3 Dangerous Myths About DDoS Attacks
- Apr 13, 2017
- Guest Author
Distributed denial of service (DDoS) attacks are a growing but frequently misunderstood threat in the cybersecurity world. Defined generally, a DDoS attack occurs when an adversary directs traffic that is either large in volume or ill-formed against a service in order to render that service unavailable to legitimate users. Today, we seek to combat a few common myths about DDoS attacks that may be standing in the way of organizations’ ability to effectively mitigate these threats.
Many people are under the impression that a DDoS attack is not a big deal because its goal isn’t to steal data or gain unauthorized system access. DDoS attacks are often over in just a few minutes or hours. Occasionally, the worst ones can last a few days. Because of the seemingly-limited scope of their reach and timeframe, it’s easy for managers to believe that DDoS attacks are not something to be concerned about. This is a common mistake. Even without stealing anything or carrying out a prolonged offensive, DDoS attacks can do significant damage to your company’s productivity, uptime, and reputation.
It can be easy to fall for Myth #1 and become complacent when you are not seeing the entire universe of possible targets or consequences that a hacker sees. Any Internet-connected device is at risk of DDoS attacks.
The largest-known DDoS attacks in 2016 didn’t just take down single websites; they took down vast swaths of infrastructure. And as the number of poorly-secured Internet of Things (IoT) devices has increased exponentially in recent years – think cars, fitness trackers, medical devices, and household appliances – more devices are now available to hackers seeking to zombify and use them in an attack. DDoS has grown into a full-blown criminal industry that continuously seeks ways to innovate and expand.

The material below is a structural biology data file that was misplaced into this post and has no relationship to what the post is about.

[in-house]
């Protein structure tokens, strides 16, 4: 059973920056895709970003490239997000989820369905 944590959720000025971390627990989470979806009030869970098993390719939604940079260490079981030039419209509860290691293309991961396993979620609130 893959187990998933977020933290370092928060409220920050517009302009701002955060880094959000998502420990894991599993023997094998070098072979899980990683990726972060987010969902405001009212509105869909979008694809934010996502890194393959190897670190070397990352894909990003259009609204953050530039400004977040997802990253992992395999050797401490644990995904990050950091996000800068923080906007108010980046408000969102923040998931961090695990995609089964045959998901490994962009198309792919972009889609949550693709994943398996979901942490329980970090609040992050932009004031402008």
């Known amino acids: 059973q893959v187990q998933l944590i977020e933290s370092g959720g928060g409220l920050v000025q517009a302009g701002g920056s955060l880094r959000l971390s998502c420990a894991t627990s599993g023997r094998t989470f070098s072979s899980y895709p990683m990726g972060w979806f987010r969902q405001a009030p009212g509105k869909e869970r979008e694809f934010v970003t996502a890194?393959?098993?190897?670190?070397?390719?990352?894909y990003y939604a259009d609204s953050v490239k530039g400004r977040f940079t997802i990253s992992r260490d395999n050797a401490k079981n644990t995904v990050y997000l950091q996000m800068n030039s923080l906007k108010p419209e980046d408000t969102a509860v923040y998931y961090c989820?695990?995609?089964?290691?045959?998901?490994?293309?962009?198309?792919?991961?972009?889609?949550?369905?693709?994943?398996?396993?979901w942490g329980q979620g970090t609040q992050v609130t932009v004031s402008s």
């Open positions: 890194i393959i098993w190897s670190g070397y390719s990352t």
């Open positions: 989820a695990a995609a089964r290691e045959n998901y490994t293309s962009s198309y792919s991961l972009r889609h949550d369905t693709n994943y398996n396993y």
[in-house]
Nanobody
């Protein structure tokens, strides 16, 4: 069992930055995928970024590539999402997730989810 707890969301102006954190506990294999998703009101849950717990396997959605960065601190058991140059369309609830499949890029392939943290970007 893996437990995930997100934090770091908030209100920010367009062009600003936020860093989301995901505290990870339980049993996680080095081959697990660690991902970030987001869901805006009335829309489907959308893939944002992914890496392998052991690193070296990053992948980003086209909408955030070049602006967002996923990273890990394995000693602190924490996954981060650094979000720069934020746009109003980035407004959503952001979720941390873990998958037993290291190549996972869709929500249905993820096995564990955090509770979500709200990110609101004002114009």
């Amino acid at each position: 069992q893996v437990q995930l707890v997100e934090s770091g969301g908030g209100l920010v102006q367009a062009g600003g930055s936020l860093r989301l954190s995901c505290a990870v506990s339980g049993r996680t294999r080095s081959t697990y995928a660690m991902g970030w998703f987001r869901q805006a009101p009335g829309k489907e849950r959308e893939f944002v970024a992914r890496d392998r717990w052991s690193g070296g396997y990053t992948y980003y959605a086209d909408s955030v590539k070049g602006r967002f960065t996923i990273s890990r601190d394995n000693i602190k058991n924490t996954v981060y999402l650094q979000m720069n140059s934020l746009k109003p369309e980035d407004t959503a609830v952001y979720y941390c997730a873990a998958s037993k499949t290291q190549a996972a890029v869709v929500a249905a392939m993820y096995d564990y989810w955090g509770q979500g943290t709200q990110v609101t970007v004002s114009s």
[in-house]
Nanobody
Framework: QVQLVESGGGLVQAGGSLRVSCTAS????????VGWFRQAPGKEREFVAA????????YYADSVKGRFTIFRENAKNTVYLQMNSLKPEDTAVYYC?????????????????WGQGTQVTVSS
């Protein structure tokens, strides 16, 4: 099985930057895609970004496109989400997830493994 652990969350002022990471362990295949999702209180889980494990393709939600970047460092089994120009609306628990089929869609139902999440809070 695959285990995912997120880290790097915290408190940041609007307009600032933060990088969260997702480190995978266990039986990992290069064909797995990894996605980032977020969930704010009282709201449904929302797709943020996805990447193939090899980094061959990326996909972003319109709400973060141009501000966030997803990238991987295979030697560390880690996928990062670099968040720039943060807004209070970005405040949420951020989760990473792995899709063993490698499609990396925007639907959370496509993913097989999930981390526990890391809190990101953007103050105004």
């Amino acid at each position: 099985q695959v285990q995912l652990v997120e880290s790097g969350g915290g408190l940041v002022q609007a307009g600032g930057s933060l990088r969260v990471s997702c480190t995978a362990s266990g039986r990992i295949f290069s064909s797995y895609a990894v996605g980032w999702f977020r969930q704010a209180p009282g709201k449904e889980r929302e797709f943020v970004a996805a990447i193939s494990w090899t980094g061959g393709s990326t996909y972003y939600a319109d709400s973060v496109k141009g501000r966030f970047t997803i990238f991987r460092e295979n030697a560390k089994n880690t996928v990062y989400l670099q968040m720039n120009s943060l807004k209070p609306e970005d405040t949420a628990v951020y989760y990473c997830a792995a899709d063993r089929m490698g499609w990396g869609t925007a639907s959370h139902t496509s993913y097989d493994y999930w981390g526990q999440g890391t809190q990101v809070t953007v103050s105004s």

As the thinking goes, if DDoS attackers aren’t stealing financial or customer data, then the fallout from an attack will probably not be as big of a financial concern as other breaches could be. Therefore, given limited resources, we don’t need to spend as much time protecting ourselves against this threat.
Research into the financial implications DDoS attacks have on downtime, lost revenue, lost customers, and reduced productivity paints a very different picture. For example, an Incapsula study from 2014 estimated that the average cost of a DDoS attack is around $500,000 per incident. Other studies have put this estimate much higher.
As you can see, DDoS attacks are becoming more prevalent, expensive, and easier to carry out by a growing number of motivated hackers. Protecting your organization starts with recognizing these truths.
We encourage you to check out our white paper, “DDoS: The Threat That Won’t Go Away”. This white paper will provide more information about DDoS attacks, including common types and other notable trends, as well as mitigation strategies and tactics you can begin implementing now.
Thankfully, there is a growing body of tools and vendors available to combat the DDoS threat. Beware that there are also a growing number of charlatans in this space, including some that are run by DDoS-for-hire gangs themselves.
A good overall Vulnerability Risk Management(VMR) strategy will feed into an effective DDoS mitigation plan. If you need outside help to develop and execute your VRM program or DDoS prevention plan, contact NopSec for assistance and recommendations.